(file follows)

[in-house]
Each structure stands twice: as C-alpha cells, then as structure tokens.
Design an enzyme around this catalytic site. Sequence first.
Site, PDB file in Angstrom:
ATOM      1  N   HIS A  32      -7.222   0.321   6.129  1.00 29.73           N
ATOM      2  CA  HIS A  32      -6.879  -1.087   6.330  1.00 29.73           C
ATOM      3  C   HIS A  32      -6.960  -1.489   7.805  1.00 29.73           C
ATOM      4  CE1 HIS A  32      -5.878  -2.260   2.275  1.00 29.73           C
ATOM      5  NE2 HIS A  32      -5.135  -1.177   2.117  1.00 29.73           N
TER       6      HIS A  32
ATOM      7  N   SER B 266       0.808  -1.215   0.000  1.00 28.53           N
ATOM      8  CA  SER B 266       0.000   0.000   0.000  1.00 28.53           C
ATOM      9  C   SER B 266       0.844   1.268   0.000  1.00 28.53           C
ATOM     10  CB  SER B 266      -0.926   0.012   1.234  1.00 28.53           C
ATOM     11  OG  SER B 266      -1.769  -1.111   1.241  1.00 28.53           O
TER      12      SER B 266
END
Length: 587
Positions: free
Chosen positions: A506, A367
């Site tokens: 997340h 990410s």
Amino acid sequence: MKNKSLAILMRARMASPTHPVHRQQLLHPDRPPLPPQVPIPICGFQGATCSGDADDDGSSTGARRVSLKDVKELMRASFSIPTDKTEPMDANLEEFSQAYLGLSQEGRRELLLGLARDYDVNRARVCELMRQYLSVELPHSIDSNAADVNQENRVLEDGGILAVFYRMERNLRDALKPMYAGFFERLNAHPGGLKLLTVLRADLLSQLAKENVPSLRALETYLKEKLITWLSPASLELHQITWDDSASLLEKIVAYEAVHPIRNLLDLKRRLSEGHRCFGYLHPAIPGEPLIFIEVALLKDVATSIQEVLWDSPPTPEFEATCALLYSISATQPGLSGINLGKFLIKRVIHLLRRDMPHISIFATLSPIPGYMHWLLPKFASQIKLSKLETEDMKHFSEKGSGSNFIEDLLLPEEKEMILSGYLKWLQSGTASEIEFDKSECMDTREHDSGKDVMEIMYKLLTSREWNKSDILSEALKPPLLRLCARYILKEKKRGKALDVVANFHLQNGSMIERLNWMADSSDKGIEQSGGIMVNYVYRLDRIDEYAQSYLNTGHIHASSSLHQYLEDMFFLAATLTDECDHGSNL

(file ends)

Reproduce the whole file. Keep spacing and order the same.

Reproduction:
[in-house]
Each structure stands twice: as C-alpha cells, then as structure tokens.
Design an enzyme around this catalytic site. Sequence first.
Site, PDB file in Angstrom:
ATOM      1  N   HIS A  32      -7.222   0.321   6.129  1.00 29.73           N
ATOM      2  CA  HIS A  32      -6.879  -1.087   6.330  1.00 29.73           C
ATOM      3  C   HIS A  32      -6.960  -1.489   7.805  1.00 29.73           C
ATOM      4  CE1 HIS A  32      -5.878  -2.260   2.275  1.00 29.73           C
ATOM      5  NE2 HIS A  32      -5.135  -1.177   2.117  1.00 29.73           N
TER       6      HIS A  32
ATOM      7  N   SER B 266       0.808  -1.215   0.000  1.00 28.53           N
ATOM      8  CA  SER B 266       0.000   0.000   0.000  1.00 28.53           C
ATOM      9  C   SER B 266       0.844   1.268   0.000  1.00 28.53           C
ATOM     10  CB  SER B 266      -0.926   0.012   1.234  1.00 28.53           C
ATOM     11  OG  SER B 266      -1.769  -1.111   1.241  1.00 28.53           O
TER      12      SER B 266
END
Length: 587
Positions: free
Chosen positions: A506, A367
């Site tokens: 997340h 990410s």
Amino acid sequence: MKNKSLAILMRARMASPTHPVHRQQLLHPDRPPLPPQVPIPICGFQGATCSGDADDDGSSTGARRVSLKDVKELMRASFSIPTDKTEPMDANLEEFSQAYLGLSQEGRRELLLGLARDYDVNRARVCELMRQYLSVELPHSIDSNAADVNQENRVLEDGGILAVFYRMERNLRDALKPMYAGFFERLNAHPGGLKLLTVLRADLLSQLAKENVPSLRALETYLKEKLITWLSPASLELHQITWDDSASLLEKIVAYEAVHPIRNLLDLKRRLSEGHRCFGYLHPAIPGEPLIFIEVALLKDVATSIQEVLWDSPPTPEFEATCALLYSISATQPGLSGINLGKFLIKRVIHLLRRDMPHISIFATLSPIPGYMHWLLPKFASQIKLSKLETEDMKHFSEKGSGSNFIEDLLLPEEKEMILSGYLKWLQSGTASEIEFDKSECMDTREHDSGKDVMEIMYKLLTSREWNKSDILSEALKPPLLRLCARYILKEKKRGKALDVVANFHLQNGSMIERLNWMADSSDKGIEQSGGIMVNYVYRLDRIDEYAQSYLNTGHIHASSSLHQYLEDMFFLAATLTDECDHGSNL